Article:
Mental Health Issues are Pervasive Everywhere, Not Just Esports
I read Tyler Erzberger’s piece “Mental health issues remain pervasive problem in esports scene,” and I applaud him for bringing attention to this issue. He has also been candid about his own issues dealing with social anxiety and depression. Bringing esports to the forefront of the emerging mental health crisis in professional sports is welcome (And I recommend after reading his story, you read “Let’s talk about mental health in esports: 10 individuals share their story.”)
As an educator who wants to show people the benefits of esports in education, it is important that we consider not all esports are equal in regards to this story. This story focuses on professionalgamers. This is a very different world for middle and high school children who may participate on their esports teams in their schools. The mental health benefits for school children are far more easily accessed, and the level of pressure is far less compared to that of a professional gamer. By incorporating esports into schools, we build in better supports for children to learnhow to navigate the pressures detailed here. This is oneexample why solely focusing on the games for school esports teams misses out on a much bigger opportunity.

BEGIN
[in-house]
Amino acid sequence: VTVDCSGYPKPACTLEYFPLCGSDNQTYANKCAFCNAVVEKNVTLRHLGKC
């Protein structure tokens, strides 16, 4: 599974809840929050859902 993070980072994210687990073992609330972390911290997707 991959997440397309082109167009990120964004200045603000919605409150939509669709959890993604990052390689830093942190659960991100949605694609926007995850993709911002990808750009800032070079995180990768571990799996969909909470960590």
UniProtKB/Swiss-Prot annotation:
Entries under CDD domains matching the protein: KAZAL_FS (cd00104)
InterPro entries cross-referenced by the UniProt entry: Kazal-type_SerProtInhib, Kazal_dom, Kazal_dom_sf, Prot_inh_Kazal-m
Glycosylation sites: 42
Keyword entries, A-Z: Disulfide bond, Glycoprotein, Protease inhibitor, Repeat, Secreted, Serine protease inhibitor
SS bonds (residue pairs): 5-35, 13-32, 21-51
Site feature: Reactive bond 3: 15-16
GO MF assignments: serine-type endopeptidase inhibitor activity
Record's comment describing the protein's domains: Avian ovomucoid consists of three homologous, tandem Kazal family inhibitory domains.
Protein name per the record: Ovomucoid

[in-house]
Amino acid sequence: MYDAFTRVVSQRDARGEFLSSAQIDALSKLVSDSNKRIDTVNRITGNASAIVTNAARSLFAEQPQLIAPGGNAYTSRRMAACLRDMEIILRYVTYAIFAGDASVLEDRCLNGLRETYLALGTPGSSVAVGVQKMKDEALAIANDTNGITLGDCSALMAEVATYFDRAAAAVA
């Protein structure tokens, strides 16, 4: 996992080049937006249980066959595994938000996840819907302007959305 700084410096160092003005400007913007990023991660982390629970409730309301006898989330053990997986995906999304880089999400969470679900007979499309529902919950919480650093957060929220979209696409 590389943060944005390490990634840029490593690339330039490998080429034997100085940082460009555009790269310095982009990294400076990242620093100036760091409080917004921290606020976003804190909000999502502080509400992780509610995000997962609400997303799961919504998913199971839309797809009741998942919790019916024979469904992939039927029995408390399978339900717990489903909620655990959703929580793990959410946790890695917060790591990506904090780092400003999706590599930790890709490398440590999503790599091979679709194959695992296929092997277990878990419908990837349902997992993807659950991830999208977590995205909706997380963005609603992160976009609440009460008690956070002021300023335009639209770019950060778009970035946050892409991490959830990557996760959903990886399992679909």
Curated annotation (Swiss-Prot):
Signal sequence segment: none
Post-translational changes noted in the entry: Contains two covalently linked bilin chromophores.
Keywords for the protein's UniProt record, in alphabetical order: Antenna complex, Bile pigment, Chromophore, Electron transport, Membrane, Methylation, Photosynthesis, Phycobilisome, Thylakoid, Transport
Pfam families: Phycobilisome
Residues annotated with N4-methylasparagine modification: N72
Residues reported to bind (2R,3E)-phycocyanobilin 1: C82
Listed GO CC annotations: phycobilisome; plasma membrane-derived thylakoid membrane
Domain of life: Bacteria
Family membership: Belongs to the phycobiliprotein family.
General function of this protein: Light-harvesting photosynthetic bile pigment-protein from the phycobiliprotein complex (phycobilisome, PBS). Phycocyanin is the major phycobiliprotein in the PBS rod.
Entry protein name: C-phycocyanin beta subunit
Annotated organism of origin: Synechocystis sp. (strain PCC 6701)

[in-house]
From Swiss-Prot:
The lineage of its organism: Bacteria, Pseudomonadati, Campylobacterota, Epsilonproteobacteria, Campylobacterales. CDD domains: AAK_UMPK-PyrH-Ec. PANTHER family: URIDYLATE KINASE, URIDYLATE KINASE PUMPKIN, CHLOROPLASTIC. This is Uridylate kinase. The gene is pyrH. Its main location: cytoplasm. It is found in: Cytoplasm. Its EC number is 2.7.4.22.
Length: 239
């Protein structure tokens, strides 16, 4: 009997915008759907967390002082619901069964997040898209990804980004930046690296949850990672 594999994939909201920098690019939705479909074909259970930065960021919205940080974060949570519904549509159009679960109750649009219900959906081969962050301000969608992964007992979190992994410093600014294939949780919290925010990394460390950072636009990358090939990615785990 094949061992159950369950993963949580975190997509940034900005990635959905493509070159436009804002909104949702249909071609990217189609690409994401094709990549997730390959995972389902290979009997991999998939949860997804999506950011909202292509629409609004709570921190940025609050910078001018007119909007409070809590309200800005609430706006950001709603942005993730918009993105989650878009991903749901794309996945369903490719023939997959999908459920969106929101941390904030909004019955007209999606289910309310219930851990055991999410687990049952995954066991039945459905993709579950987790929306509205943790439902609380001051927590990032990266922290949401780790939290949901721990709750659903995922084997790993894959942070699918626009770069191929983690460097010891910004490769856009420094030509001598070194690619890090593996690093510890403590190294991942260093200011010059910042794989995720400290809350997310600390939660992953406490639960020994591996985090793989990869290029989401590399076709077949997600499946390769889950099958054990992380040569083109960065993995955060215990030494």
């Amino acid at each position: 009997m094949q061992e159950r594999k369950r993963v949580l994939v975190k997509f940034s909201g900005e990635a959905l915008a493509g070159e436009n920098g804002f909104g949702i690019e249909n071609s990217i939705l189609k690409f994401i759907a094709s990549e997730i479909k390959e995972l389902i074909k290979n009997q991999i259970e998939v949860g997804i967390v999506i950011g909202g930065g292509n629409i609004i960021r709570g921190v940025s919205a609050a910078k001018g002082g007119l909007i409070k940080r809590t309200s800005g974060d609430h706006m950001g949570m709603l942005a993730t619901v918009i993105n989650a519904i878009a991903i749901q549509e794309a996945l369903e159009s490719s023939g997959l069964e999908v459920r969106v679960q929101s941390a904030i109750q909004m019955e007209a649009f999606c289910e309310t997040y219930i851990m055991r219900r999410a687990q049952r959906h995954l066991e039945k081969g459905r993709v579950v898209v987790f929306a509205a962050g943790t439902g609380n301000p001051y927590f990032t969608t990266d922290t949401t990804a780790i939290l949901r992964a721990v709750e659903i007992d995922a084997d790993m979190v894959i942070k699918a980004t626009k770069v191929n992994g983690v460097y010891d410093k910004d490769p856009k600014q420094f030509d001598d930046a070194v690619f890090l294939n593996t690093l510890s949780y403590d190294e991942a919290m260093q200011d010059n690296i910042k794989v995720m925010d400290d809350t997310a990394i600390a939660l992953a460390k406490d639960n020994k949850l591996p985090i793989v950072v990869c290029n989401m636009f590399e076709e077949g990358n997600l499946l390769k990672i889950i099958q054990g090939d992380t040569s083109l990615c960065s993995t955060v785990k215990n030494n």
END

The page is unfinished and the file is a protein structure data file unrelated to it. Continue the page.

What I felt was naïve of Tyler was suggesting the online fan experience is unusual to esports. In my professional role as the Director of Digital & Virtual Learning for the Racine Unified School District, I come in contact with children and parents dealing with social anxieties and depression stemming from social media, everyday, and I have for several years. These are not endemic of esports, and I do not think Tyler meant it to be as such. It is important to know, which I believe we all do, that social media is pervasive in our hyper-connected society. What we need are for schools and adults to engage with children in these online spaces, and provide guidance and mental health resources to help them face their successes and failures, appropriately.